FIG. 10 is an illustration of another embodiment of a microspring structure providing both top and bottom surface contact according to the present disclosure. Forming microspring 72 over substrate 74 forms interposer 70. Optionally, a sacrificial layer 76 may be disposed between microspring 72 and substrate 74. As described, a free portion of microspring 72 is released from the plane in which it was formed, such as by engineered internal stress, such that a tip 78 is elevated above the upper surface of substrate 74. With reference to FIG. 11, a laminate structure 80 is then applied or deposited over microspring 72 and substrate 74, such that tip 78 protrudes above the surface of laminate structure 80, for example as described above. With reference to FIG. 12, substrate 74 is then removed, for example by way of sacrificial layer 76 or by other method known in the art, to expose anchor portion 82 of microspring 72. If microspring 72 is formed of electrically conductive material, or coated in electrically conductive material, an electrical connection is established between tip 78 and exposed anchor portion 82 of microspring 72, in this embodiment without the need to form a via through substrate 74.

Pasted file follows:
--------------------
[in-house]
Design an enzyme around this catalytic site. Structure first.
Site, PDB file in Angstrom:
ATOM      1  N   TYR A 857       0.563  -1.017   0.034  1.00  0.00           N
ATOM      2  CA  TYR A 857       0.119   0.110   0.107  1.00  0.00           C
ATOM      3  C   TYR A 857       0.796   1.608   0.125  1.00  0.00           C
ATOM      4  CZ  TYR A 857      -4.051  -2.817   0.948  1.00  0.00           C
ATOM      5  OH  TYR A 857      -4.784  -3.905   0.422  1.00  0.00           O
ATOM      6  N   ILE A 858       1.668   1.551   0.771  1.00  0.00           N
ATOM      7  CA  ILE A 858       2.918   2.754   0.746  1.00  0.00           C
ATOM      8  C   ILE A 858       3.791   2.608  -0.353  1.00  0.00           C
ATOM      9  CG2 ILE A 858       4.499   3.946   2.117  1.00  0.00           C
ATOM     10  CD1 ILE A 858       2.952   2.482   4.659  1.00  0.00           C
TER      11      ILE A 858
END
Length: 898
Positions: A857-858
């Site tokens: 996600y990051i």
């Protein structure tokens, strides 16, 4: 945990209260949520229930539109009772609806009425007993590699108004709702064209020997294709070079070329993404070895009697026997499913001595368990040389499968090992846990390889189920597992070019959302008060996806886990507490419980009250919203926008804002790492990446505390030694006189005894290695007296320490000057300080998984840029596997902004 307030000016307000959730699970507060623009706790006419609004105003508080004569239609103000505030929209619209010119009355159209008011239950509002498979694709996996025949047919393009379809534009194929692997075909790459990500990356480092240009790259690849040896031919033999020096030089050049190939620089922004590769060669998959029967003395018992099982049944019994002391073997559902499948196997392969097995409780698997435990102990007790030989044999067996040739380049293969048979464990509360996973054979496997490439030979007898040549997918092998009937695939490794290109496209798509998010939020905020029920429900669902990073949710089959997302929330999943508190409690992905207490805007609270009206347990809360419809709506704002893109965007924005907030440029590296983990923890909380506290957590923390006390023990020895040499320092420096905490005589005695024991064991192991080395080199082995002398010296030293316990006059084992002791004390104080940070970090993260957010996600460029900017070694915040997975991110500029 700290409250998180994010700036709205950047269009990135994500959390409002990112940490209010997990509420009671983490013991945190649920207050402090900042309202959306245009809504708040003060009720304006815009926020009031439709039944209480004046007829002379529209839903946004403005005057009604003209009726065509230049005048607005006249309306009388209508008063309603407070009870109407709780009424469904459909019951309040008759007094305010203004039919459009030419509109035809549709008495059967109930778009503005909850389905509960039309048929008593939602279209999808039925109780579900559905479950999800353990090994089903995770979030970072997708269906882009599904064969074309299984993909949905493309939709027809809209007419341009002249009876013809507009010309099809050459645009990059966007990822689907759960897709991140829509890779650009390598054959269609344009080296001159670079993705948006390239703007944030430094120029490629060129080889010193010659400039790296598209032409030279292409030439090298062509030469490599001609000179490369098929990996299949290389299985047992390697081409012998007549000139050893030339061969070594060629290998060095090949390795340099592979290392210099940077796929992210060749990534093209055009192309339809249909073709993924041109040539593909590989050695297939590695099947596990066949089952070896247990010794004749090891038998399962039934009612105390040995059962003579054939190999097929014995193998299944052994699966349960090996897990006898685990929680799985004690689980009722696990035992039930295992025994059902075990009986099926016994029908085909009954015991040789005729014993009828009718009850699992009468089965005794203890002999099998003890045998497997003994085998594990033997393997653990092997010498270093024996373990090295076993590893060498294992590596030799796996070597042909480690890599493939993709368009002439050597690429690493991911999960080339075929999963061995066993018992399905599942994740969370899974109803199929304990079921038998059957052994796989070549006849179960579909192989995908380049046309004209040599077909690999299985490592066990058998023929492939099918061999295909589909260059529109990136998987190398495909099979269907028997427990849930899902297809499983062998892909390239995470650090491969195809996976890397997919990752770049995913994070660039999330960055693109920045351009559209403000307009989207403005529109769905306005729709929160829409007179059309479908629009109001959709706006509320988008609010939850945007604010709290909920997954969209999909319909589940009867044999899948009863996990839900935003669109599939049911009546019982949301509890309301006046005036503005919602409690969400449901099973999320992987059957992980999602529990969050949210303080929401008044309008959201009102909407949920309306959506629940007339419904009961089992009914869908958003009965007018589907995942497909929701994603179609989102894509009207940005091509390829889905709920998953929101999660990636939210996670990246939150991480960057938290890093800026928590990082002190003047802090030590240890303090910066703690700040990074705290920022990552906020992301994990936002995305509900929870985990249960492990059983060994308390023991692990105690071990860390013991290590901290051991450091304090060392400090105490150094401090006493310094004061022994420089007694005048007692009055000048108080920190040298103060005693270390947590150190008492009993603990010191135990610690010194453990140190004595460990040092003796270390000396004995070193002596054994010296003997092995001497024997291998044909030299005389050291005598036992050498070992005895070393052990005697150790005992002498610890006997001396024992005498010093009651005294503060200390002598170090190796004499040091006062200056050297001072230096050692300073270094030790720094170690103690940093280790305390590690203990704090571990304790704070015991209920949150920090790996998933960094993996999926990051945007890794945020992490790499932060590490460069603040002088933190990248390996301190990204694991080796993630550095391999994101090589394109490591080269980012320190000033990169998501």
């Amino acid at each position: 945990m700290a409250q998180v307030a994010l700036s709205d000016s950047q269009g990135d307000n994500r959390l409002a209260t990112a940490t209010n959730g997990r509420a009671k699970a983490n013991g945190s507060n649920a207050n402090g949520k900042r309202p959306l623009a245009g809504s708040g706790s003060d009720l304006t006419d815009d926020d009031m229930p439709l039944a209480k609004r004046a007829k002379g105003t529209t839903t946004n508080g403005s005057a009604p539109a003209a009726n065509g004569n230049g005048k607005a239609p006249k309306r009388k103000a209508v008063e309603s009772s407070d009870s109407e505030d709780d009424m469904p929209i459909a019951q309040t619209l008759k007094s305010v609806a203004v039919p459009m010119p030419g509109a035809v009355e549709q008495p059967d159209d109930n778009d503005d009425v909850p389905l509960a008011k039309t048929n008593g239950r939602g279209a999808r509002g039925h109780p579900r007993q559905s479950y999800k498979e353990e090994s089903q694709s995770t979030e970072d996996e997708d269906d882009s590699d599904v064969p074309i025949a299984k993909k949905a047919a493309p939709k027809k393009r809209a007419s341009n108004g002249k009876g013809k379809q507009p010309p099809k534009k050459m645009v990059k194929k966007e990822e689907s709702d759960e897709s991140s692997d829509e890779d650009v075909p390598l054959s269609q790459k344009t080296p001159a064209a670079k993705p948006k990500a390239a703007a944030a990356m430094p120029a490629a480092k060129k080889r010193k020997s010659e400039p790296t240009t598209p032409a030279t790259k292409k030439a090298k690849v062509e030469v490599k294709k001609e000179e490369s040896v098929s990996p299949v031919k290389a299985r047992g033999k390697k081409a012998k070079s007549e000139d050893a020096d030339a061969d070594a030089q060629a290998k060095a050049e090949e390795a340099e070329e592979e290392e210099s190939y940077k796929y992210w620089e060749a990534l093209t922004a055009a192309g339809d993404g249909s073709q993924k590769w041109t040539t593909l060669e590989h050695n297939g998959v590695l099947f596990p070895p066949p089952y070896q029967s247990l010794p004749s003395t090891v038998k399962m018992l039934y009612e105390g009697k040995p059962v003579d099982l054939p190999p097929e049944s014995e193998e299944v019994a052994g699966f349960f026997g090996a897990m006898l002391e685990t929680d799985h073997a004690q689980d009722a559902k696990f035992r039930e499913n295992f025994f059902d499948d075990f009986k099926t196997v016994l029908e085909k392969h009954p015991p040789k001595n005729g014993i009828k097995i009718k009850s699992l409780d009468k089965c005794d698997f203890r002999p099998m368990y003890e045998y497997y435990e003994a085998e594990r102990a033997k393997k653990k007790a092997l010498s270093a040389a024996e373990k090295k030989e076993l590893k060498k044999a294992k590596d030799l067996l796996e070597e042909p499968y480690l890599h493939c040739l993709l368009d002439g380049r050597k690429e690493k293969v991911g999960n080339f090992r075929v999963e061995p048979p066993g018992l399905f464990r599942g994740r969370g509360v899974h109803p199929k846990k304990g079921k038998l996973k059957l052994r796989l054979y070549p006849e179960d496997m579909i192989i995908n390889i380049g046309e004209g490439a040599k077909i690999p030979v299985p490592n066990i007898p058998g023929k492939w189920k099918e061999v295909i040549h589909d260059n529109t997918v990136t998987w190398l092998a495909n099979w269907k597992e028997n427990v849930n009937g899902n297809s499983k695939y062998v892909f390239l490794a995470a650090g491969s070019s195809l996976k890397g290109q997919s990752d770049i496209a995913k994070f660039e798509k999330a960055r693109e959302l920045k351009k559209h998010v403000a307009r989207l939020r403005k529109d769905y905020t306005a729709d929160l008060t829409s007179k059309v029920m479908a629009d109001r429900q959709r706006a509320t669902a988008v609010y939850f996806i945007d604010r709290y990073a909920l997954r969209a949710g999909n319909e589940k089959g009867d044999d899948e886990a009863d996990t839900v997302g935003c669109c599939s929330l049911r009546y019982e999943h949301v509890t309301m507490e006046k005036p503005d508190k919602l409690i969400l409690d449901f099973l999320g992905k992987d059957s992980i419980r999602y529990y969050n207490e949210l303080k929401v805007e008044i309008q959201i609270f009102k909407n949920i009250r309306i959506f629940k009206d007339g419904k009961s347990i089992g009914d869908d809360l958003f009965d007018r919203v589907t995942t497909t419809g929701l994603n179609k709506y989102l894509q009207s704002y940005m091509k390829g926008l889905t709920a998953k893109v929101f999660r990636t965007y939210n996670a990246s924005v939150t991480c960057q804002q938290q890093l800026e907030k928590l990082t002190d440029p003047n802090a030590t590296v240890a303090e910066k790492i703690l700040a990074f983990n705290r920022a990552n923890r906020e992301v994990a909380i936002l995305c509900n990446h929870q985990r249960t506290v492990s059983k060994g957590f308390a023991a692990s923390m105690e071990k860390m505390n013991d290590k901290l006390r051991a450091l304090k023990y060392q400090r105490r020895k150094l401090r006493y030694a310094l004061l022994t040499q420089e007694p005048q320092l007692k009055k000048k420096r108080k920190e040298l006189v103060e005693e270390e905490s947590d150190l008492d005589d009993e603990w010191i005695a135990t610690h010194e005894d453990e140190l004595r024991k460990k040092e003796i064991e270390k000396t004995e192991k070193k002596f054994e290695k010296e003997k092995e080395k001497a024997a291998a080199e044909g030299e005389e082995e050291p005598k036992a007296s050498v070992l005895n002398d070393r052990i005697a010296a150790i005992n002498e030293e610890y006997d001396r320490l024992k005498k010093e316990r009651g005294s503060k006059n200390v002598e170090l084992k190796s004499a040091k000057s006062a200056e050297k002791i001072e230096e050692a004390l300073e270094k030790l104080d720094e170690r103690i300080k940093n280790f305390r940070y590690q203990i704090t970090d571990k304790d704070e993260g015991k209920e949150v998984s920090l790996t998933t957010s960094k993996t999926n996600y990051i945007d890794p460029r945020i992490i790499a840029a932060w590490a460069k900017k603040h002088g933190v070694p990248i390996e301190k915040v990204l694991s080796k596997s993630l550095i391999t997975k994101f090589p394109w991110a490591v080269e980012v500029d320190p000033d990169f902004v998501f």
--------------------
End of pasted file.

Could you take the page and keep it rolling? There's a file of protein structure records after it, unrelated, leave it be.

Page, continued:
In the embodiment shown in FIGS. 10 through 12, there is a desire to provide structural rigidity to the array of microsprings in the absence of substrate 74. For this reason, and potentially others, laminate structure 80 may be formed of rigid material (e.g., polyimide) as opposed to the more flexible aforementioned silicone.